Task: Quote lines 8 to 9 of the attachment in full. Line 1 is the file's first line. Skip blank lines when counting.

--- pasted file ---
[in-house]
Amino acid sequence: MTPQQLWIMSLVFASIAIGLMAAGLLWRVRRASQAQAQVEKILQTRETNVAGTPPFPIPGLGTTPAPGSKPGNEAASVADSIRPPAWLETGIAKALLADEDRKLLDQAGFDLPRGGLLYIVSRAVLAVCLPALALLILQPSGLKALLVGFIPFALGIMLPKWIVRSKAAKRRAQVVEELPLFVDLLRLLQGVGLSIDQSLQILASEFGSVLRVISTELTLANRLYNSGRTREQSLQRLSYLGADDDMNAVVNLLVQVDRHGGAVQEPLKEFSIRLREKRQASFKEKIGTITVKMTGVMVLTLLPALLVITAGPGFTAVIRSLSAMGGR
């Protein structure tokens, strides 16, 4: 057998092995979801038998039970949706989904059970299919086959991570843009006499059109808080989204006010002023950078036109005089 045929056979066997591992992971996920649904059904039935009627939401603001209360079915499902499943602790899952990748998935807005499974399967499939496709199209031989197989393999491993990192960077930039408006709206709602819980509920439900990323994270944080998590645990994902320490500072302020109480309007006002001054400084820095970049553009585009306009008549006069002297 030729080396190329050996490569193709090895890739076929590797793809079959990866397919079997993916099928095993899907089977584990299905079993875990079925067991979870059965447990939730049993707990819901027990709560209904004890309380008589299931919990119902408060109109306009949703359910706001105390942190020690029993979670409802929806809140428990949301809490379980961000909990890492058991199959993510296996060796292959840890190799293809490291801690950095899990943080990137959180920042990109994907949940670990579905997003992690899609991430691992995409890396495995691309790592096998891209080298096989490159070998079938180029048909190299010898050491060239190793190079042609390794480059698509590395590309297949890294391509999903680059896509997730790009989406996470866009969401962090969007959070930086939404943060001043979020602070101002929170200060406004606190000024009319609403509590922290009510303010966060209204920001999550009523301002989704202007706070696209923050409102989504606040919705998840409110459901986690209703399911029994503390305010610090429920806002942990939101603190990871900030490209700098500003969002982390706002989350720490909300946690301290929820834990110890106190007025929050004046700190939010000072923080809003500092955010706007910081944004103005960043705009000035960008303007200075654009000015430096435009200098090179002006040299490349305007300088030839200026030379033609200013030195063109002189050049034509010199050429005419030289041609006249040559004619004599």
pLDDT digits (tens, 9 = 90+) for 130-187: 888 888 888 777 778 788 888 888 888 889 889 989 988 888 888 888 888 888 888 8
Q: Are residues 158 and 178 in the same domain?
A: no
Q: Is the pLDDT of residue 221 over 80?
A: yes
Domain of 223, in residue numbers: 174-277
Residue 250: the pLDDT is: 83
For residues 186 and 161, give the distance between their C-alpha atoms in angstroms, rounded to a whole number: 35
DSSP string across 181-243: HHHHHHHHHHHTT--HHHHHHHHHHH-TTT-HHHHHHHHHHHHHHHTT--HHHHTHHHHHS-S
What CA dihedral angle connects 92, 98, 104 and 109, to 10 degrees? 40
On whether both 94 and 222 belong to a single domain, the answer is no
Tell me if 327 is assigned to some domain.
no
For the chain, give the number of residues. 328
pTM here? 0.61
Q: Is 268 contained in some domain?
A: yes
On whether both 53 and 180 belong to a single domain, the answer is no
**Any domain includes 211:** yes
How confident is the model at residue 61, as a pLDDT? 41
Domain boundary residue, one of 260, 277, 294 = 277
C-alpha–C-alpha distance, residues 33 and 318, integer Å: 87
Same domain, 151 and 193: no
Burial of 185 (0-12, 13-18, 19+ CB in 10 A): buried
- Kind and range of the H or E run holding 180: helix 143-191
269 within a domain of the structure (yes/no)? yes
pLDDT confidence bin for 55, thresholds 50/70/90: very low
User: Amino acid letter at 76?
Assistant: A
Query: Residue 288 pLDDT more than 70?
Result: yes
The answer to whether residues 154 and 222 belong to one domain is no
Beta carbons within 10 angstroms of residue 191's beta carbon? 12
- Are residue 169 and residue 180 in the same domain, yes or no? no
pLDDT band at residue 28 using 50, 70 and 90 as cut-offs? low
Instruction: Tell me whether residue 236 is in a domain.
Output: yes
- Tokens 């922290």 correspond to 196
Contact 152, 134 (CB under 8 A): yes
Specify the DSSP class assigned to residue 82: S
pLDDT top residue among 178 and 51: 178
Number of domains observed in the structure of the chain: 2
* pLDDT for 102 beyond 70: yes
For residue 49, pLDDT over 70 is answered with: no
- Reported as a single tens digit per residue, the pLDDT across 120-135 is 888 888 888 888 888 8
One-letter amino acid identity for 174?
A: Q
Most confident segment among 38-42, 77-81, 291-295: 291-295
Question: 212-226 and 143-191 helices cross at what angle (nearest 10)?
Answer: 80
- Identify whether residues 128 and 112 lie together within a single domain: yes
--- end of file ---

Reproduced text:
A: yes
Domain of 223, in residue numbers: 174-277